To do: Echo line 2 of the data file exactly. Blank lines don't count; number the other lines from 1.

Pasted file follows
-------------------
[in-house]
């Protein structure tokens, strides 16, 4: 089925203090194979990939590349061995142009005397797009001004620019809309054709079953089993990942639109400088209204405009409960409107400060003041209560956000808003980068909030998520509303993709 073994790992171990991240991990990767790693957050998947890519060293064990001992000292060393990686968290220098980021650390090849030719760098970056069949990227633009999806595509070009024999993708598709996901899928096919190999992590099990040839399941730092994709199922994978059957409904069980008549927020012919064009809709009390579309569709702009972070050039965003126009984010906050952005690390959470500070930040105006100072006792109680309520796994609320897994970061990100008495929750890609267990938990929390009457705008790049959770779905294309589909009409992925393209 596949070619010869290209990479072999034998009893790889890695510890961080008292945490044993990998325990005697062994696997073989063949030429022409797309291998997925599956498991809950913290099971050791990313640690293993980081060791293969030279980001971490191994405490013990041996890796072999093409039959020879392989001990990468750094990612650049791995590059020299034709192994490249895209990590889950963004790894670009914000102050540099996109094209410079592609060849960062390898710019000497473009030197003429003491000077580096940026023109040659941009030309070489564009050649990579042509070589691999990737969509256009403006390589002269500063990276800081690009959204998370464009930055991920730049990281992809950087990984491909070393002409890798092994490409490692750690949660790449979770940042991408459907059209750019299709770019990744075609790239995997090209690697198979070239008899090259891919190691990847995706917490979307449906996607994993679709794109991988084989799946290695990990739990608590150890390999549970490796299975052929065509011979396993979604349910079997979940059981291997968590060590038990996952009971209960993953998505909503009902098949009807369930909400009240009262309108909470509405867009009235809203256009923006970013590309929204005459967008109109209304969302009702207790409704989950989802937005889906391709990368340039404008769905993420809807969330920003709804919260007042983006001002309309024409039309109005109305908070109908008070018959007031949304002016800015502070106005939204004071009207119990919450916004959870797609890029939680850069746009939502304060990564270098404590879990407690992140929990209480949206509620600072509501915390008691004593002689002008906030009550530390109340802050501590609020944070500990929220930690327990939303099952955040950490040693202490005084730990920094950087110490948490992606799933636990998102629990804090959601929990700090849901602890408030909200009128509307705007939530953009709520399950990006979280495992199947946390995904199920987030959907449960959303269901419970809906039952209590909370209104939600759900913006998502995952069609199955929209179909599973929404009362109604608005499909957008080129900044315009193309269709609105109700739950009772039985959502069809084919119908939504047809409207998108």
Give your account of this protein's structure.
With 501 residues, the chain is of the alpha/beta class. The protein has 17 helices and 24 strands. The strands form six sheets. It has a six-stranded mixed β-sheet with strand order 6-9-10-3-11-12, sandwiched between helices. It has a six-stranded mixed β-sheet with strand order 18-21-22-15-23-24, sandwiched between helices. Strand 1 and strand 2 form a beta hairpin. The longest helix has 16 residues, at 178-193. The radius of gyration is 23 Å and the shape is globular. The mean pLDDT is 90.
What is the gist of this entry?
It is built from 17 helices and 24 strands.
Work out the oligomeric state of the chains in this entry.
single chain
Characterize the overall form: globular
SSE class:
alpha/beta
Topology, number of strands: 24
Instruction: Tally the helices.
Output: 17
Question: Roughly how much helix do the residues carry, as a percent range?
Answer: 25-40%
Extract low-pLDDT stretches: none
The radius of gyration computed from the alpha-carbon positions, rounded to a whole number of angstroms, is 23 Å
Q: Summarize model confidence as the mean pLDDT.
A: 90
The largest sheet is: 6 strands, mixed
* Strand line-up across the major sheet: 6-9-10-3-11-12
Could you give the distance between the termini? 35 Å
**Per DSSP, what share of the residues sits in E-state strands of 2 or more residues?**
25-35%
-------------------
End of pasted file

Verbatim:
């Protein structure tokens, strides 16, 4: 089925203090194979990939590349061995142009005397797009001004620019809309054709079953089993990942639109400088209204405009409960409107400060003041209560956000808003980068909030998520509303993709 073994790992171990991240991990990767790693957050998947890519060293064990001992000292060393990686968290220098980021650390090849030719760098970056069949990227633009999806595509070009024999993708598709996901899928096919190999992590099990040839399941730092994709199922994978059957409904069980008549927020012919064009809709009390579309569709702009972070050039965003126009984010906050952005690390959470500070930040105006100072006792109680309520796994609320897994970061990100008495929750890609267990938990929390009457705008790049959770779905294309589909009409992925393209 596949070619010869290209990479072999034998009893790889890695510890961080008292945490044993990998325990005697062994696997073989063949030429022409797309291998997925599956498991809950913290099971050791990313640690293993980081060791293969030279980001971490191994405490013990041996890796072999093409039959020879392989001990990468750094990612650049791995590059020299034709192994490249895209990590889950963004790894670009914000102050540099996109094209410079592609060849960062390898710019000497473009030197003429003491000077580096940026023109040659941009030309070489564009050649990579042509070589691999990737969509256009403006390589002269500063990276800081690009959204998370464009930055991920730049990281992809950087990984491909070393002409890798092994490409490692750690949660790449979770940042991408459907059209750019299709770019990744075609790239995997090209690697198979070239008899090259891919190691990847995706917490979307449906996607994993679709794109991988084989799946290695990990739990608590150890390999549970490796299975052929065509011979396993979604349910079997979940059981291997968590060590038990996952009971209960993953998505909503009902098949009807369930909400009240009262309108909470509405867009009235809203256009923006970013590309929204005459967008109109209304969302009702207790409704989950989802937005889906391709990368340039404008769905993420809807969330920003709804919260007042983006001002309309024409039309109005109305908070109908008070018959007031949304002016800015502070106005939204004071009207119990919450916004959870797609890029939680850069746009939502304060990564270098404590879990407690992140929990209480949206509620600072509501915390008691004593002689002008906030009550530390109340802050501590609020944070500990929220930690327990939303099952955040950490040693202490005084730990920094950087110490948490992606799933636990998102629990804090959601929990700090849901602890408030909200009128509307705007939530953009709520399950990006979280495992199947946390995904199920987030959907449960959303269901419970809906039952209590909370209104939600759900913006998502995952069609199955929209179909599973929404009362109604608005499909957008080129900044315009193309269709609105109700739950009772039985959502069809084919119908939504047809409207998108």